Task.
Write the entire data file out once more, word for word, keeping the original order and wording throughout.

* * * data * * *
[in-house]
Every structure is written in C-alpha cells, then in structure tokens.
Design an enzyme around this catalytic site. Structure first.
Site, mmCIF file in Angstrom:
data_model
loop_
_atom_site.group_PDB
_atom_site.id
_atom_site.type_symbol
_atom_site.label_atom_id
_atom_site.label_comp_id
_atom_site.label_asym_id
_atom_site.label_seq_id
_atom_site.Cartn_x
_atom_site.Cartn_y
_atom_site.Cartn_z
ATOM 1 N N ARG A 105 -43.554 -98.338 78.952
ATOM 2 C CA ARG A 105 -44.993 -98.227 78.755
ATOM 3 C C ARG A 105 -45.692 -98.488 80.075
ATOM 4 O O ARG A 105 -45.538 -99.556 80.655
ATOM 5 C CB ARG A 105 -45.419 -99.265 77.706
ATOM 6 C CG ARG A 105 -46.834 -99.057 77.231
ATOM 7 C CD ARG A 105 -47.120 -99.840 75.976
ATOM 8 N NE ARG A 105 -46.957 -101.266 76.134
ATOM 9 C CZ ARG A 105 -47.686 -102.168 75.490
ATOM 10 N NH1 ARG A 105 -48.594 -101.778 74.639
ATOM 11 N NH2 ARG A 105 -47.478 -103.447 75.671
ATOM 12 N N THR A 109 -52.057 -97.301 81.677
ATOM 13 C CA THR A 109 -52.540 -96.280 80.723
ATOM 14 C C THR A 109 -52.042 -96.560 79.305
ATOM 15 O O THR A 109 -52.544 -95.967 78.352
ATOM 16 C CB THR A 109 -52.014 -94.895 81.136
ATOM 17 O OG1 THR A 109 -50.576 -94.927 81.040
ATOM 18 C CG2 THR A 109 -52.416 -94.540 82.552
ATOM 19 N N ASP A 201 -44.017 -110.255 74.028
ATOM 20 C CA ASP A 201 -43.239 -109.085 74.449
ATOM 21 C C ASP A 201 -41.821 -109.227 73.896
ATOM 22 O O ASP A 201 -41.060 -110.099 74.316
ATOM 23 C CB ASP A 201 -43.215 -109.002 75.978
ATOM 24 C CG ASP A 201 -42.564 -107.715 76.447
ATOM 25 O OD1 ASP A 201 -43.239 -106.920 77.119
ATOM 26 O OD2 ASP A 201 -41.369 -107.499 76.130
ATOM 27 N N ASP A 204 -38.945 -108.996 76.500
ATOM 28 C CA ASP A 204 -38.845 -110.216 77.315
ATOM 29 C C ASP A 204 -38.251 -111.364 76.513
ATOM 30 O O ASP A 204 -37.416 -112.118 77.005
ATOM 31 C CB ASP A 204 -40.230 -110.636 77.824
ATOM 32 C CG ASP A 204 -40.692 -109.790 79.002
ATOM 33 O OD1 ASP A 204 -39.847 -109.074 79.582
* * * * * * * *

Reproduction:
[in-house]
Every structure is written in C-alpha cells, then in structure tokens.
Design an enzyme around this catalytic site. Structure first.
Site, mmCIF file in Angstrom:
data_model
loop_
_atom_site.group_PDB
_atom_site.id
_atom_site.type_symbol
_atom_site.label_atom_id
_atom_site.label_comp_id
_atom_site.label_asym_id
_atom_site.label_seq_id
_atom_site.Cartn_x
_atom_site.Cartn_y
_atom_site.Cartn_z
ATOM 1 N N ARG A 105 -43.554 -98.338 78.952
ATOM 2 C CA ARG A 105 -44.993 -98.227 78.755
ATOM 3 C C ARG A 105 -45.692 -98.488 80.075
ATOM 4 O O ARG A 105 -45.538 -99.556 80.655
ATOM 5 C CB ARG A 105 -45.419 -99.265 77.706
ATOM 6 C CG ARG A 105 -46.834 -99.057 77.231
ATOM 7 C CD ARG A 105 -47.120 -99.840 75.976
ATOM 8 N NE ARG A 105 -46.957 -101.266 76.134
ATOM 9 C CZ ARG A 105 -47.686 -102.168 75.490
ATOM 10 N NH1 ARG A 105 -48.594 -101.778 74.639
ATOM 11 N NH2 ARG A 105 -47.478 -103.447 75.671
ATOM 12 N N THR A 109 -52.057 -97.301 81.677
ATOM 13 C CA THR A 109 -52.540 -96.280 80.723
ATOM 14 C C THR A 109 -52.042 -96.560 79.305
ATOM 15 O O THR A 109 -52.544 -95.967 78.352
ATOM 16 C CB THR A 109 -52.014 -94.895 81.136
ATOM 17 O OG1 THR A 109 -50.576 -94.927 81.040
ATOM 18 C CG2 THR A 109 -52.416 -94.540 82.552
ATOM 19 N N ASP A 201 -44.017 -110.255 74.028
ATOM 20 C CA ASP A 201 -43.239 -109.085 74.449
ATOM 21 C C ASP A 201 -41.821 -109.227 73.896
ATOM 22 O O ASP A 201 -41.060 -110.099 74.316
ATOM 23 C CB ASP A 201 -43.215 -109.002 75.978
ATOM 24 C CG ASP A 201 -42.564 -107.715 76.447
ATOM 25 O OD1 ASP A 201 -43.239 -106.920 77.119
ATOM 26 O OD2 ASP A 201 -41.369 -107.499 76.130
ATOM 27 N N ASP A 204 -38.945 -108.996 76.500
ATOM 28 C CA ASP A 204 -38.845 -110.216 77.315
ATOM 29 C C ASP A 204 -38.251 -111.364 76.513
ATOM 30 O O ASP A 204 -37.416 -112.118 77.005
ATOM 31 C CB ASP A 204 -40.230 -110.636 77.824
ATOM 32 C CG ASP A 204 -40.692 -109.790 79.002
ATOM 33 O OD1 ASP A 204 -39.847 -109.074 79.582